“Jude [Cole, Sutherland’s producer and co-writer] put together an incredible group of players – Waddy Wachtel on guitar, Jim Cox on piano, Brian MacLeod on drums. Jude and I would go back and forth on guitar, Jude played some bass and we had a couple other guys come in, but we would do five tracks in two days. So we did half the record in one go and then Jude would take the stuff back to his studio and kind of put on a little accordion piece or mandolin piece and kind of fill it out from there. And then about seven weeks later, I came back and did the other five in two days and even though it was stretched out, we kind of recorded the record in really a few weeks.”
Are you expecting the songs to develop and evolve on the road?
“Not really. We try to play the record, because that’s why we made it. We’re not a jam band. I always loved that line from Tom Petty, ‘Don’t bore us, get to the chorus!’. I went and saw a Ramones show when I was in my early 20s and I loved the fact that none of the songs were more than two-and-a-half minutes. It just kept driving that show. The interesting thing about the second record is that the entire record was centred around what I wanted for a setlist. I kept thinking, ‘If we had an uptempo song here, or that kind of a ballad, this would make the set really good.’ So it was really interesting writing the second record with purpose. It was really, ‘How do we make the show better?’. I think that worked out for us.”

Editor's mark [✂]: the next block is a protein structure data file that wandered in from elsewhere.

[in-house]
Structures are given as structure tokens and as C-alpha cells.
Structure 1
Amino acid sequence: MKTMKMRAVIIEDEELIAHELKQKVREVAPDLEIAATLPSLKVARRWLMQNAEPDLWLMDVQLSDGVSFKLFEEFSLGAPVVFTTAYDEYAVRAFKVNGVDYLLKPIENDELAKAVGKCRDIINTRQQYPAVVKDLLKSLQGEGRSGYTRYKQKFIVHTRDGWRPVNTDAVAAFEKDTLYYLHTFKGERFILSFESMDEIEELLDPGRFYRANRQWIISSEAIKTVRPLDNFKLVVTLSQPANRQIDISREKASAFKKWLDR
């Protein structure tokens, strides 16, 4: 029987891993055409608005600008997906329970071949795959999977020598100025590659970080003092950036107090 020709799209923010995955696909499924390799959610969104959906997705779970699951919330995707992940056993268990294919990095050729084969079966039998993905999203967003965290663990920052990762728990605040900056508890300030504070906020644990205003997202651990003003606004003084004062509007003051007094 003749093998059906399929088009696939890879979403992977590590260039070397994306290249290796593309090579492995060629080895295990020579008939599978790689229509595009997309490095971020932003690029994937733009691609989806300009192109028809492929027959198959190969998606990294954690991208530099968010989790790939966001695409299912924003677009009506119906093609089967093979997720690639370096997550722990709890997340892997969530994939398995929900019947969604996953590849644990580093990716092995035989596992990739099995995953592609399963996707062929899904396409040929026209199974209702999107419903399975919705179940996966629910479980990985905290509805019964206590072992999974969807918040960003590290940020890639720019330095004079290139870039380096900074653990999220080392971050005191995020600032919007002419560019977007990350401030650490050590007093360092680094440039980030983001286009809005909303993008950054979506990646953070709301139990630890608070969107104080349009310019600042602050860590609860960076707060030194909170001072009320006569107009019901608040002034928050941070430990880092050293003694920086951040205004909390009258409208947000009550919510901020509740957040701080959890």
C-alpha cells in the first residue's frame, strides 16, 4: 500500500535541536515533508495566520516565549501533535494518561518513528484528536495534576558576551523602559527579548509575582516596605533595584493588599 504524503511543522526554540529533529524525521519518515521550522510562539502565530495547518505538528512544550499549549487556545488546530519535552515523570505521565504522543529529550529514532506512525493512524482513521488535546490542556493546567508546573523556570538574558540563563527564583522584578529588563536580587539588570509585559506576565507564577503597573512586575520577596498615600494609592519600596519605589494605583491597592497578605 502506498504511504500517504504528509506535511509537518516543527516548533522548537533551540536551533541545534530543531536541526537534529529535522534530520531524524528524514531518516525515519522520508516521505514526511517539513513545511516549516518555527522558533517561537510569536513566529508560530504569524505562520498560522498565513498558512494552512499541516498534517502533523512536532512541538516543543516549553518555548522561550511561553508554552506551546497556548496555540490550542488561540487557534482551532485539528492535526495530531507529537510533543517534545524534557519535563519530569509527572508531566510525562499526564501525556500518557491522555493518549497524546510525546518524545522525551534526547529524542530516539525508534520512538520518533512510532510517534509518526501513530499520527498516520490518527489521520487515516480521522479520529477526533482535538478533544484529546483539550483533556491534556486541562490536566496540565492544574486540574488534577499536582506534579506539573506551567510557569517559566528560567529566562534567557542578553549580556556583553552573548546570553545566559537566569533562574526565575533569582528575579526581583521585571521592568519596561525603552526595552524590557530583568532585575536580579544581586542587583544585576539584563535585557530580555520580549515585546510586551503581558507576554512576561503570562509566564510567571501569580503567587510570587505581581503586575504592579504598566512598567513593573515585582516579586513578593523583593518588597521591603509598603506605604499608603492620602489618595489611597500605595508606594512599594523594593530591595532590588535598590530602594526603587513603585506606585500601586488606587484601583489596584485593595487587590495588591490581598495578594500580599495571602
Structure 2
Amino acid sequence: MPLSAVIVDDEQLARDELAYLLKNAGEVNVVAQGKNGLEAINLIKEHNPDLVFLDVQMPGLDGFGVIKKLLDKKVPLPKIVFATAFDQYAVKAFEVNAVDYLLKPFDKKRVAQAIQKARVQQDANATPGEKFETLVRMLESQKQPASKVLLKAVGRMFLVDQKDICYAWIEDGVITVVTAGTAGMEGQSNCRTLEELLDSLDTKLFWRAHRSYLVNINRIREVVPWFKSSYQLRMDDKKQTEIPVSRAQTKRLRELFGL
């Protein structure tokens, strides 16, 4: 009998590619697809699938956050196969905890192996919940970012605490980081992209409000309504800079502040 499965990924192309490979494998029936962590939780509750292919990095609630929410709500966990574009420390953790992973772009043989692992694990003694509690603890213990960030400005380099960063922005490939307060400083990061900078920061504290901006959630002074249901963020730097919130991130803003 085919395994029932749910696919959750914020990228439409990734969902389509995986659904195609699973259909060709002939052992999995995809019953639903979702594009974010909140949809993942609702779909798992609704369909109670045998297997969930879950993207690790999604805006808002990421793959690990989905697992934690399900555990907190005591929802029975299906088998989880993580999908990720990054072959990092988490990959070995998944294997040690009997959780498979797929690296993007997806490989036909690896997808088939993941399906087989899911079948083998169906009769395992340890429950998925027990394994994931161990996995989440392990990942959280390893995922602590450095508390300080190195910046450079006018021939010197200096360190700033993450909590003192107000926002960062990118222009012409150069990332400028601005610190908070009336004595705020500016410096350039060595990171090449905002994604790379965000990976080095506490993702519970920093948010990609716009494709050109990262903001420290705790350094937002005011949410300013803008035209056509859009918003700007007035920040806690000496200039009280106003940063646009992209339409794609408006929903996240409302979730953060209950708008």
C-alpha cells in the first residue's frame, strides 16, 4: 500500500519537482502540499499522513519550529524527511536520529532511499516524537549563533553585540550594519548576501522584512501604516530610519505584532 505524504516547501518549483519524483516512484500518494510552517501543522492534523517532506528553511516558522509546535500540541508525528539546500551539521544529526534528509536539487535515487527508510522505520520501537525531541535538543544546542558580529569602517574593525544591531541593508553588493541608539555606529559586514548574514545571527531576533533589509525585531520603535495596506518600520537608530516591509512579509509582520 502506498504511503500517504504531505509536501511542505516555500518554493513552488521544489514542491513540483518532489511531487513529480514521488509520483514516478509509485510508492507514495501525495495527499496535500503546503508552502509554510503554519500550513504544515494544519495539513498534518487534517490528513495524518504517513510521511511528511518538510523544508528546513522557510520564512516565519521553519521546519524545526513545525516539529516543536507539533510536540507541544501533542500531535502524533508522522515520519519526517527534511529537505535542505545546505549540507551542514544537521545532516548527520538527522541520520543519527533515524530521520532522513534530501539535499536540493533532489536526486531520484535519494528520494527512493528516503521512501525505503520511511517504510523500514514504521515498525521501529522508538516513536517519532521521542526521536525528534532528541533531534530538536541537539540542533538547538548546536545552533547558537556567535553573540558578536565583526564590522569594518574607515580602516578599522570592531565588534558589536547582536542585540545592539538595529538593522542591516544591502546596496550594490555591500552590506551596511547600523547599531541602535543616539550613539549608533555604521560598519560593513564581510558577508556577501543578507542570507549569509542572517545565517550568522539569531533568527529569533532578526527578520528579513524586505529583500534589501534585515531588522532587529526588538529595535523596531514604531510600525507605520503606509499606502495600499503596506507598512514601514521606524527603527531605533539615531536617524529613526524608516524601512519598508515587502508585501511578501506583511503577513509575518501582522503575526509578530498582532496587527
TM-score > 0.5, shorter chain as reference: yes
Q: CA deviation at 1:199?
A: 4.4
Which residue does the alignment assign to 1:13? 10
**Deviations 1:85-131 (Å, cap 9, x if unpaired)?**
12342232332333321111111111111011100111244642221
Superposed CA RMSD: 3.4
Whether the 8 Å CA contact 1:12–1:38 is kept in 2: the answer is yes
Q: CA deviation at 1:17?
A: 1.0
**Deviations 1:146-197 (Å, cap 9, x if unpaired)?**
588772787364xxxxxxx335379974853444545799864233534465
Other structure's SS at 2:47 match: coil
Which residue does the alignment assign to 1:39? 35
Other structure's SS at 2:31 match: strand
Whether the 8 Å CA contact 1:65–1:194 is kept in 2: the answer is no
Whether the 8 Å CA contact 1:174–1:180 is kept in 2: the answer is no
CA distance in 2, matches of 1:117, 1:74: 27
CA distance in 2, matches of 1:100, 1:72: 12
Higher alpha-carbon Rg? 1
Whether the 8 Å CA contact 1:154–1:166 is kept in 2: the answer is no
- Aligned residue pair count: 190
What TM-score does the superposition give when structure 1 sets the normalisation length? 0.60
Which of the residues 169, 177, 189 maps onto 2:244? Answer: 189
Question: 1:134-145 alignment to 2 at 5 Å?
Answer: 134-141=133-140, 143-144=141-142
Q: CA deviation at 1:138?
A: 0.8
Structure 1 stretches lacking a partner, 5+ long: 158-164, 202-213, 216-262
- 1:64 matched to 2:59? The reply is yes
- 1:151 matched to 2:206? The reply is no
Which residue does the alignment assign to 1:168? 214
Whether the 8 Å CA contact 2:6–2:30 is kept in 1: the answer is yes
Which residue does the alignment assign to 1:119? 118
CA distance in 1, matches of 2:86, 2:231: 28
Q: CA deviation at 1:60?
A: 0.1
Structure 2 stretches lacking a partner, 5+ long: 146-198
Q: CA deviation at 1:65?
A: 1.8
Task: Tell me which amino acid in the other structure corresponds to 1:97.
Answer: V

Which songwriters would you like to work with in the future and what would be a dream collaboration for you?